What were you doing three months after you turned 19 -years old? I would bet a week’s paycheck that New York Rangers rookie Filip Chytil has you beat.

Frank Curto

New York Rangers rookie forward Filip Chytil is a kid playing in a man’s world. Let me give you an example for what the 19-year-old did last Friday night at Madison Square Garden in front of 18,400 fans.

Chytil takes a pass from Jimmy Vesey to the left of the Arizona goal. He then spins and makes a quick cross-ice pass through the legs of an Arizona defender to Pavel Buchnevich. The winger fires the pass on-the-fly past Coyotes’ goalie Adin Hill. A power play goal for the New York Rangers and a play that fans hope to witness many more times.

When I was 19 years old, I was at a bar, probably watching a Rangers game.

Chytil has been one of the most consistent Ranger rookies this year. Appearing in 33 games, he’s has scored six goals along with 12 points. The coaching staff has seen a positive improvement in his play which has afforded him the chance to get some power-play opportunities and he has taken full advantage of them.

Last season, No.72 made the team out of camp and was in the opening night lineup. The game at the time appeared a bit fast for him and he was sent to Hartford to polish up his game. He was called up at the end of last season and has not looked back since.

Chytil may look like a kid, but he has fit in well within the Rangers lineup. A mix of youth and veteran, Chytil has adapted well to the coaching style of David Quinn, a rookie in his new position with the team.

Quinn’s ability to talk to his players has proven beneficial to the team, especially in Chytil’s case. The rookie has played at center and wing this season. Each position comes with different responsibilities.

Early in October, Chytil played in the left wing with Kevin Hayes in the middle. He was moved back to center later on in the season. Recently, Chytil has seen action at wing in the team’s top line as the coaching staff continues to look for the right line combinations.

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As a center, Chytil had to learn the defensive game which was different than what was played in the Czech Republic. Here, Quinn has his centers come all the way back deep into their own defensive end to help the defenseman get the puck moving towards center ice. Chytil has to skate the full 200 feet to get this job done.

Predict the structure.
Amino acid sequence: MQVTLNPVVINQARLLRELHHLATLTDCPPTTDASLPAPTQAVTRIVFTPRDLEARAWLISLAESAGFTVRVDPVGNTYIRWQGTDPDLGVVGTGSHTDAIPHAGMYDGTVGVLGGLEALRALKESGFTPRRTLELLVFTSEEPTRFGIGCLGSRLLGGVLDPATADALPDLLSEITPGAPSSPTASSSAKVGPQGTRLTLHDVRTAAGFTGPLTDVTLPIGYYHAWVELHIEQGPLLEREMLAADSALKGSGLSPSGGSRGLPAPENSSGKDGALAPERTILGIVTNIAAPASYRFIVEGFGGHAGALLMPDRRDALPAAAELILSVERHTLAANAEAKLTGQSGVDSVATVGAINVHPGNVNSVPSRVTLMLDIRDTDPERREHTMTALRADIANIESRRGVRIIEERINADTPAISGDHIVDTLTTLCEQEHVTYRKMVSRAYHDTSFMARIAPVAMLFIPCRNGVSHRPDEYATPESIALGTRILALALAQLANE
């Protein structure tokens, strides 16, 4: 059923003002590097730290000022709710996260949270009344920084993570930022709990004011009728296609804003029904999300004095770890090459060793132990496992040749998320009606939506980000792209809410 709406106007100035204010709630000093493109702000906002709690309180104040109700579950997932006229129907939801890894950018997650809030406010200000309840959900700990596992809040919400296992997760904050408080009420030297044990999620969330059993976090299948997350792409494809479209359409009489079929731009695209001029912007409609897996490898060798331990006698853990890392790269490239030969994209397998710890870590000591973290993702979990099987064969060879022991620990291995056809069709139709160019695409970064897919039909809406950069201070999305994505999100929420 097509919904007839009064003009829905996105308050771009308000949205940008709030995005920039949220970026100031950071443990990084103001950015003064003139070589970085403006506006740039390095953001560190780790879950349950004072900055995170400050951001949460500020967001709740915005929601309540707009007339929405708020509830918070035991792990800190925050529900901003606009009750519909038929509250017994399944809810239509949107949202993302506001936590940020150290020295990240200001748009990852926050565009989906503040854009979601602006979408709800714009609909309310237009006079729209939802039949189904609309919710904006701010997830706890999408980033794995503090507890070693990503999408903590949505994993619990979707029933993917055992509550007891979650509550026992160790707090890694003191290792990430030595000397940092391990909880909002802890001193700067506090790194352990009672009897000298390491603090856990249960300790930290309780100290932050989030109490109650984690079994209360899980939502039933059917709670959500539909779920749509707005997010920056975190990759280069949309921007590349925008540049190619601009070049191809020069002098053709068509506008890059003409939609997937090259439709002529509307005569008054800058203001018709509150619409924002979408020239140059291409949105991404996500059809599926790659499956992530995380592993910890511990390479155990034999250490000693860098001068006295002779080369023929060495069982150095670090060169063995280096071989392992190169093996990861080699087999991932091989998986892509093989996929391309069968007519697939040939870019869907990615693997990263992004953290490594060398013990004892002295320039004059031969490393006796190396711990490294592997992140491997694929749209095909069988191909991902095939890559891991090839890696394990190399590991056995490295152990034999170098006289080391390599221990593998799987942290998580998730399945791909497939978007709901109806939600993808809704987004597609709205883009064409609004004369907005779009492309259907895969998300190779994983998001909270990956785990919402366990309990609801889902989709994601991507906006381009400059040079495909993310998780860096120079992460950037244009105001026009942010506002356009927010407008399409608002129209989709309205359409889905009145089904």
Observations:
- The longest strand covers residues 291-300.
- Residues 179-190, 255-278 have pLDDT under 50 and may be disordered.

The rookie struggled to score his first goal of the season. On a Monday night at MSG against the Vancouver Canucks, things began to turn around for Chytil. He scored his first of the year, a power play goal, and that ignited a goal outburst the Rangers has been waiting for.

Chytil went in to score a goal in the next three games after, becoming the first Rangers teenager to score in four straight games. This all occurring in the midst of the team’s best action this year, a strong 9-1-1 winning streak.

Unfortunately for the Rangers, the winning has dried up as the team has only two wins in the month of December, but Chytil continues to impress.

The youngster has shown improvements in all three zones, and for now has been the highlight of the 2017 NHL draft for the team. Fellow first-round pick, seventh overall, Lias Andersson is also up on the team but has yet found the consistent success Chytil has. Players develop at different paces and it’s a matter of time before Andersson plays to his potential.

Chytil needs to continue to do what works for him.

  • Play to his capabilities.
  • Learn from the mistakes he makes.
  • Respond and react to the coaching staffs direction.
  • Feed and learn from the veterans on the team.

His coach anticipated big things following his first goal in November telling Colin Stephenson of Newsday,

“I’m anxious to see him build on what’s happened the last few games. It’s the ebbs and flows of a 19-year-old in the National Hockey League.”

Chytil has been improving pretty much every day. Yes, he does make mistakes, but the kid learns from his mistake and gets better every day. An aggressive forward, he is extremely teachable and welcomes negative as well as positive critique. A player who does whatever the team needs of him in order to get the win.

Nineteen and playing in the greatest city in the world. Yet the kid won’t be able to buy a legitimate drink at a bar for two more years.

What a great life and it will only get better.

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A graduate of St. John's University class of '91. I have been a fan of the New York Rangers since the days of Peter Puck. Founder of Ranger Proud, the Facebook page that covers all news, notes, pre /post-game stats, and player quotes. I can be reached at Nyrfc12@gmail.com